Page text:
Fox News’ situation is reminiscent of another television behemoth. Several years ago, ESPN enjoyed a similar dominion in the cable kingdom, as the self-anointed worldwide leader in sports. Just as there is no remotely equal challenger to Fox News on cable, there had been no real rival for ESPN in cable sports.
But today, ESPN is the victim of a broader turn away from pay TV. After peaking in 2011, the number of households that pay for ESPN declined from 100 million to about 92 million in 2015, as younger families cut the cord, or bought cable bundles without ESPN, or never got pay TV in the first place. (For any product to receive $8 a month from 90 million households, as ESPN does today, is a remarkable achievement; however, in business, as in sports and politics, all narratives are present-biased, and the trend line has not been kind to ESPN.)
The lesson to take from the worldwide leader’s slip is that star broadcasters, brilliant programming, and sparkling production value are nothing compared to the sheer force of demographics and the evolution of media technology. ESPN is the leading broadcaster of live sports, which are valuable for distributing live advertising, and so the network became the most expensive channel for cable companies to carry. ESPN’s high price used to be a badge of honor, but in the age of cord-cutting, it’s an albatross. Carriers have been eager to offer slimmer packages that don’t include the worldwide leader. Meanwhile, the demographic most likely to become new ESPN devotees—young men—are part of a generation that is significantly less interested in pay TV in the first place.
Turning to Fox News, many of these patterns are reappearing. Like ESPN, Fox News presides over a small monopoly on a certain demographic—not of young male sports viewers, but of older male conservatives. Fox News sometimes seems to lear above the political landscape like an ominous village volcano. But in the larger picture, the channel's presence is best described as a medium-sized hill: The network averages about 2 million viewers each week, and Bill O’Reilly’s show fetches a bit more than 3 million. "Well, that's a lot more than you," a Fox News personality might retort when confronted with such accusation, and indeed, it is a lot more than me. But in an election with more than 120 million projected voters, it’s really not so many.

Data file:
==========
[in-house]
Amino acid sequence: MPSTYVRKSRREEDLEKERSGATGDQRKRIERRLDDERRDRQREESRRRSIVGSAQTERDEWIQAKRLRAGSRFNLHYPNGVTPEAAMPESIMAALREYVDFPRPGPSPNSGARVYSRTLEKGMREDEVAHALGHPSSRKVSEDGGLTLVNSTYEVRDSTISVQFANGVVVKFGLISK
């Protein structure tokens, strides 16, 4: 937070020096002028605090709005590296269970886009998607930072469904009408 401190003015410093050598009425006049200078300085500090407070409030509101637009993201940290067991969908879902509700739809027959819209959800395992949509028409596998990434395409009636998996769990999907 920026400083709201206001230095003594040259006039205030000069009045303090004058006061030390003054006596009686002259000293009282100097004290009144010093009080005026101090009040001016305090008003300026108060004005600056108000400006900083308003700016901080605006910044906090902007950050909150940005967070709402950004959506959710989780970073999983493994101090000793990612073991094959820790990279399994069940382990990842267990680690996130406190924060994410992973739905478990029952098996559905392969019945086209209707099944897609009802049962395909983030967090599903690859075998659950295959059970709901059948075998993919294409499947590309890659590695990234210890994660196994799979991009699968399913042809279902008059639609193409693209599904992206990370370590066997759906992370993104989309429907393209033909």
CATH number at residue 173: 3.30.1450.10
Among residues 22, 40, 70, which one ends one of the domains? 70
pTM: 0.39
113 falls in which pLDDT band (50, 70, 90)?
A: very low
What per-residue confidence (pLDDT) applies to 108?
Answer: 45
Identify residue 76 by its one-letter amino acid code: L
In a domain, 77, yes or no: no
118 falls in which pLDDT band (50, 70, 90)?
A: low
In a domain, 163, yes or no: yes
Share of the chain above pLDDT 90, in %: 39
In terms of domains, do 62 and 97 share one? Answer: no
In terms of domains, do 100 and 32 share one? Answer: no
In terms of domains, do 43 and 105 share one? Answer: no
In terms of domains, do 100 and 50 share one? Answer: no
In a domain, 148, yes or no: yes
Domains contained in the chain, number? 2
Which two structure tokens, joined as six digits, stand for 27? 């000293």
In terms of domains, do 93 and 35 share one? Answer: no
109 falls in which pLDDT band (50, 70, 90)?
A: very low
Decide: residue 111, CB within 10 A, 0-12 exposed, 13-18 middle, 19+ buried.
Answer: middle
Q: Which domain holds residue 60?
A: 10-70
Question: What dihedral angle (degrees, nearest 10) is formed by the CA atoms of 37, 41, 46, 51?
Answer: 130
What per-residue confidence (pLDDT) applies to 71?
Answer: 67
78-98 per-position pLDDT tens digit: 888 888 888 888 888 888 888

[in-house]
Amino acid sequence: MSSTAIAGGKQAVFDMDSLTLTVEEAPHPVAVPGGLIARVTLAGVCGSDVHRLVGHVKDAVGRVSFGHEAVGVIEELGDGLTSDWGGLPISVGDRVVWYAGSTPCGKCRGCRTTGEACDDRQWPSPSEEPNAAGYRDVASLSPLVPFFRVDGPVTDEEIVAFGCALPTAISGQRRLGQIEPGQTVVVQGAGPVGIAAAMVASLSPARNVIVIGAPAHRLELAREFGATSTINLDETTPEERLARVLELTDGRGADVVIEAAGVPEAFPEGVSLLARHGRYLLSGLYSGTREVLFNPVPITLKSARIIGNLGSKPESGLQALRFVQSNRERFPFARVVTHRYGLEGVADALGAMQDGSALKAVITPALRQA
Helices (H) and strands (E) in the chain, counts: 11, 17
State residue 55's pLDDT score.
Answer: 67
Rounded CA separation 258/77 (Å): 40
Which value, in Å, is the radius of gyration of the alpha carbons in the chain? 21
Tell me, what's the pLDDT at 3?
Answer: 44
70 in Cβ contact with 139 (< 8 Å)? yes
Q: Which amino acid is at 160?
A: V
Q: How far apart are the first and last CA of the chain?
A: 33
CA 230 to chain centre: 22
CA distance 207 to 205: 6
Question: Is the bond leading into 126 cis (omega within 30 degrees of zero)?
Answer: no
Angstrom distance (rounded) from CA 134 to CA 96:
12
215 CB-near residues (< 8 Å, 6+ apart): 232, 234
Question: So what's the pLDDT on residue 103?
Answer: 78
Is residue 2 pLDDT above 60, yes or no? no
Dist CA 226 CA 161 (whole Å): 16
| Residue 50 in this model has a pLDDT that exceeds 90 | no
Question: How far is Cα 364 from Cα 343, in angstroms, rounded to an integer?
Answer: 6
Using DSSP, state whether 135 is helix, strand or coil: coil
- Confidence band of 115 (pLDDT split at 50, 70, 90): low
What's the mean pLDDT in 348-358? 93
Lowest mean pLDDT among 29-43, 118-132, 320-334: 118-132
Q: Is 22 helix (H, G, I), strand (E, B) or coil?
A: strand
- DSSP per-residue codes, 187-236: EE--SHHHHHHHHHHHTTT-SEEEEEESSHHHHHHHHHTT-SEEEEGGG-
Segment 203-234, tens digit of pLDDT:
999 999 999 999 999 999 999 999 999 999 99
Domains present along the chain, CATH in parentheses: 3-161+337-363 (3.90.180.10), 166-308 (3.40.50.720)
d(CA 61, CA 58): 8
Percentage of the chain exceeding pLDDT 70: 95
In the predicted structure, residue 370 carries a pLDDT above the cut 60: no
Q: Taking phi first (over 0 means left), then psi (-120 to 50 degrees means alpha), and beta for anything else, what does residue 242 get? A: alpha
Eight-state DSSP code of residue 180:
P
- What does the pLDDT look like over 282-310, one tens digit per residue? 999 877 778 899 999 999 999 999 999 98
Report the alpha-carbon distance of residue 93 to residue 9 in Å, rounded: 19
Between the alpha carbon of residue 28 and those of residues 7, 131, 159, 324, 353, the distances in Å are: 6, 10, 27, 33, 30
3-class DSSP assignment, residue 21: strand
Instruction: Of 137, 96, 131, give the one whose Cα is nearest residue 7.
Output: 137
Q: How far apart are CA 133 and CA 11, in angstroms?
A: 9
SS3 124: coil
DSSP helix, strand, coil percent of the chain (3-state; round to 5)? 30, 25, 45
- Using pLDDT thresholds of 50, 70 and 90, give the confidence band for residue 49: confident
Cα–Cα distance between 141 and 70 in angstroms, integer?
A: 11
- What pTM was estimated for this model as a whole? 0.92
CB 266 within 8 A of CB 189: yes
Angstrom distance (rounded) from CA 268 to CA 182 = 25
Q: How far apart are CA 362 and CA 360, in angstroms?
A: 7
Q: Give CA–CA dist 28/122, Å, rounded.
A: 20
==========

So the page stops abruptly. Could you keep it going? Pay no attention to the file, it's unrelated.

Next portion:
Fox News is “mainstream" only by the modern and severely diluted definition of the term; Walter Cronkite once pulled audiences in the tens of millions. By any reasonable calculation, Fox News is niche. And its niche is old white men. Cable news is a gerontocratic kingdom where Fox News serves as king. The median age of Americans watching CNN, MSNBC, and Fox News is over 60. Half of Fox News viewers are over the age of 68.
Television is particularly popular among men, people who didn’t go to college, and people over the age of 70, which is a great description of a predictable conservative. (Retired seniors watch more than 50 hours of television a week.) Indeed, this older male group is not only ready-made for cable-television-viewing; it comes prepackaged with extremely conservative views. Over the last three general-election cycles, the 65-and-up group voted for the GOP presidential candidate by an average of 9 percentage points.